Let’s BeReal: Two takes on social media realism

Let’s BeReal: Two takes on social media realism


French social media app, BeReal, took the world by storm shortly after its launch in 2020. The app’s tagline, “Your friends for real”, was inspired by the mission of founder Alexis Barreyat to solve the problem of influencer life not being as glamorous or accessible as portrayed online. BeReal has mostly gained traction on college campuses after ambassadors were paid to promote it. The app has since become another social media fad, influencing trends on other platforms.

BeReal is real:

Of course, she didn’t get her lips done. They just doubled in size because she was “living her best life”.

When we browse through any social media app, we are constantly faced with a barrage of unrealistic lifestyles as well as photoshopped faces and bodies. While it’s obvious that most of the posts aren’t completely natural, the incredible lighting and stunning locations cloud our judgment. Idealistic social media accounts embody an ideal: attainable perfection.

No matter how many conversations we have with friends about how toxic and fake social media is, jumping on apps like Instagram leaves our generation with growing insecurity and anxiety. Outside of social media, it’s easy to peek into our own worlds and find them not up to par with their competitors.

This is why BeReal has been such a breath of fresh air for many of its users. The app compels people to delete the insanely polished posts they traditionally upload and present their authentic lives instead.

Every day, at a random time, all BeReal users receive a notification that it’s BeReal time, giving them two minutes to post an overview of their day. Using front and rear cameras, these stations capture what both the user and their surroundings look like at any given moment. The app’s intention is to make it nearly impossible for users to pick the perfect selfie or rush off to do something interesting upon hearing its chime notification.

Of course, one could argue that when BeReal users end up playing with the system and learning how to apply Facetune and filters to their posts while pretending they are “real”, it would be just as devastating to the self-esteem. self of our generation than for aesthetics. targeted apps like Instagram. However, this continuous search for perfection in the age of social media is not caused by BeReal. It’s fueled by other digital platforms that have conditioned people to feel like their regular lives aren’t special enough to feature.

BeReal directly opposes this distressing phenomenon. The app was created solely to counter our collective insecurities, allowing users to be authentic themselves online in a safe space of their choosing. Challenging the status quo of lifestyles seen as attractive or realistic, BeReal’s disruption of the flow of typical social media spaces is to be celebrated. Years of conditioning by other social media apps on how to perfect our lives cannot be overcome quickly. It is important that users use BeReal as intended or simply accept that it succumbs to the aesthetics of other applications.

While it’s uncertain whether the community on BeReal will evolve in the coming months, we hope it can lead to a paradigm shift in how we interact with social media in the future: emphasizing on authenticity rather than feigned perfection.

You are not real:

BeReal’s intention was for users to show their friends an unfiltered version of themselves, but that post was dissolved by pretense, compilation tendencies, and the inherent nature of having to take a picture of yourself. every day. The app isn’t much different from the story features on Snapchat or Instagram, except users become even more constantly aware of how they might be perceived and whether their life is worth sharing, with every instant.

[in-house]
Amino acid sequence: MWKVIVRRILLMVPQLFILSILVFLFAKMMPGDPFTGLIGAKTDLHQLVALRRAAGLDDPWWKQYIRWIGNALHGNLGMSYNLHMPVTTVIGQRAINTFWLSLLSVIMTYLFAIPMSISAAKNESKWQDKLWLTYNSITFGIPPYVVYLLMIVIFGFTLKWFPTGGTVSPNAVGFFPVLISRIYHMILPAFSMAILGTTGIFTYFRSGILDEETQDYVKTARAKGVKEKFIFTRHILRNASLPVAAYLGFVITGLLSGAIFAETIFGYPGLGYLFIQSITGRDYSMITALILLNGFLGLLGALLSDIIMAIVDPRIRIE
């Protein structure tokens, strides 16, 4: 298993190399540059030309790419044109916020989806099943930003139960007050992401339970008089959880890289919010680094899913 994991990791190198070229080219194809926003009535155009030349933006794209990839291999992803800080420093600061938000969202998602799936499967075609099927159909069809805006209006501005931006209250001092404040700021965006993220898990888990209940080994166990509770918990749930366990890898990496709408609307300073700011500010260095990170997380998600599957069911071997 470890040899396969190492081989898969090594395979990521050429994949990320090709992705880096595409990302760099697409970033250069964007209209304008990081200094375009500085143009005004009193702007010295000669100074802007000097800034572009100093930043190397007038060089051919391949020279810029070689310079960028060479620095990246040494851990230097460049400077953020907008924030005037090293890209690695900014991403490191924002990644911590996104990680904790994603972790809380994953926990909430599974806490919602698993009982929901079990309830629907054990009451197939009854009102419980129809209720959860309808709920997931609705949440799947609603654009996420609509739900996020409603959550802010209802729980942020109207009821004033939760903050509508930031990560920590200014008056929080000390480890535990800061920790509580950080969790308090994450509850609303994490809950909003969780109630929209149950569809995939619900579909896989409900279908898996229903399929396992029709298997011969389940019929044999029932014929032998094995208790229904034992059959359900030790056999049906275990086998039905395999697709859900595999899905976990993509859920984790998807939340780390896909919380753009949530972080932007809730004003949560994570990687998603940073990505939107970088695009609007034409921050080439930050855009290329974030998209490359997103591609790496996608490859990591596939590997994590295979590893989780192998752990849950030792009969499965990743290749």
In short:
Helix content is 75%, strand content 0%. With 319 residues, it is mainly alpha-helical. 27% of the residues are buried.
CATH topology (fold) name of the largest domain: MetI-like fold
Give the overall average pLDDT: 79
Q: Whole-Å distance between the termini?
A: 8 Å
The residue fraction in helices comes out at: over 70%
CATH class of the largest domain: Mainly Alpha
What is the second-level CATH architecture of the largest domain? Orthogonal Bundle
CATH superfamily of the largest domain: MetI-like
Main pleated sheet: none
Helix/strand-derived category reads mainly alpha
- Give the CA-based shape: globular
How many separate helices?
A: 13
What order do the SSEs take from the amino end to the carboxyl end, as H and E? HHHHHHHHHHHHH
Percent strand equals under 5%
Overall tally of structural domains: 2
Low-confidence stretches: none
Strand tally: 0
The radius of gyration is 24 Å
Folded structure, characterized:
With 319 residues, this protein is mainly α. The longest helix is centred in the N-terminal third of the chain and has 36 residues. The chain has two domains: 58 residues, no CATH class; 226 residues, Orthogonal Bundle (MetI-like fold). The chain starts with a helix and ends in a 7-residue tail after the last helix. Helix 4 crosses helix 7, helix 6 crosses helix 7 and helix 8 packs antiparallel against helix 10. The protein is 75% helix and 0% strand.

BeReal has turned into a competition of which friend can have the most awesome BeReal, with users often timing it with scheduled events like concerts, band outings, or any other event that probably doesn’t happen every days. For example, think of the number of Emory students who waited for Jack Harlow to take the stage to smash a BeReal at Homecoming. The app has tried to combat this by randomizing the timing of alerts and indicating how many times a user retries, but people are constantly inventing new loopholes to circumvent these mechanisms.

BeReal is a vehicle of inauthenticity hiding behind a facade of candor. It presents itself as a place where, unlike other social media, our guards can be let down. But the reality is that it leverages users’ need for external validation like any other social media platform. Thus, the widespread success of BeReal points to an underlying and persistent problem—manufacturing moments to please others—that is particularly prevalent among college-aged students. Users are bored of taking the same photo of their beds, their pets, or their daily coffee, so it makes sense that many people are delaying their BeReals in order to showcase a more entertaining version of their lives.

As with any social media platform, BeReal negatively affects users by distorting reality. Users can fall into the trap of craving extrinsic validation for even the most basic aspects of their lives. On the other hand, it can provide a space where people can share a more unfiltered version of themselves – a rarity in today’s largely fabricated digital world. If BeReal really is as dedicated to authenticity as it claims, the app should at least prohibit users from posting outside of the designated two-minute window.

The Editorial Board is the official voice of the Emory Wheel and is editorially separate from the Wheel’s Editorial Board.

Leave a Reply

Your email address will not be published. Required fields are marked *